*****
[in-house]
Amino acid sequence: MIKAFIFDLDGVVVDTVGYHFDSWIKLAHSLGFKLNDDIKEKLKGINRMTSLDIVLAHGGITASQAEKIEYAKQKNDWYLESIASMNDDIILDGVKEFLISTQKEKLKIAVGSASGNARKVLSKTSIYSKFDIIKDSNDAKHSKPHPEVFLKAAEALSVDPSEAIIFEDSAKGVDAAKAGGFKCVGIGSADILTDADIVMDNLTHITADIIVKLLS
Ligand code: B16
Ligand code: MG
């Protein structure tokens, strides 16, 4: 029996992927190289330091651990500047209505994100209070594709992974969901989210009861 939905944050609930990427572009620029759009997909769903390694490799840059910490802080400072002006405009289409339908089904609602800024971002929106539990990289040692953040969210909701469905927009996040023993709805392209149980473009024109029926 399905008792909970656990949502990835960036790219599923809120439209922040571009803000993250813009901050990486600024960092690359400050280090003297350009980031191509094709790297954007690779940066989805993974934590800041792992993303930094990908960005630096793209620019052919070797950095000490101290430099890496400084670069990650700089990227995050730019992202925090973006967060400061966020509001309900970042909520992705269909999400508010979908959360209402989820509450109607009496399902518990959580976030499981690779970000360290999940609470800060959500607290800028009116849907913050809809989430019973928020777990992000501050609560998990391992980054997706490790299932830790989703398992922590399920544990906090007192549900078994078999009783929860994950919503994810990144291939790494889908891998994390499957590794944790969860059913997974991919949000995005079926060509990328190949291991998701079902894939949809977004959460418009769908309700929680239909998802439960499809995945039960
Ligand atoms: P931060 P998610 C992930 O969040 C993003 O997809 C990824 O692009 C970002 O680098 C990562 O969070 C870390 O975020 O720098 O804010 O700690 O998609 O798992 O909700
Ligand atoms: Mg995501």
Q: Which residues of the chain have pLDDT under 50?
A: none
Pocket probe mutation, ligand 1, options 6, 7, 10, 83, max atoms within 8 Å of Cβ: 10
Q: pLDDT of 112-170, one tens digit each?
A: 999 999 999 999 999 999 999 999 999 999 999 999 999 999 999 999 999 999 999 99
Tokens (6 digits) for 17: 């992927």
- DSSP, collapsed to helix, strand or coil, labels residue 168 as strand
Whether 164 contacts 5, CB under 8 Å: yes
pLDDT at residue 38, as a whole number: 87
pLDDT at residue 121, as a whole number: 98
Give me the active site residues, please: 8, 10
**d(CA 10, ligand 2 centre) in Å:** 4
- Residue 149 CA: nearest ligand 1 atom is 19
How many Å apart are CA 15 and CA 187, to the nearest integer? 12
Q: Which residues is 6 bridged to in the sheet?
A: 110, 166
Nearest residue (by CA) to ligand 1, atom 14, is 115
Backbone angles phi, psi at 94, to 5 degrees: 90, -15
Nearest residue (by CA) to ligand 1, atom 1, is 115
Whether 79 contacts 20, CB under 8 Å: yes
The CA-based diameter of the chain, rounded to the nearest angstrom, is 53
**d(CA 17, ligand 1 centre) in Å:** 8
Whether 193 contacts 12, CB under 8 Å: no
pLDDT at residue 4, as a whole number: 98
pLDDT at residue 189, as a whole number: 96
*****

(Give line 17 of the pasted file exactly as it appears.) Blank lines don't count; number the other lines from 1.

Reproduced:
pLDDT at residue 121, as a whole number: 98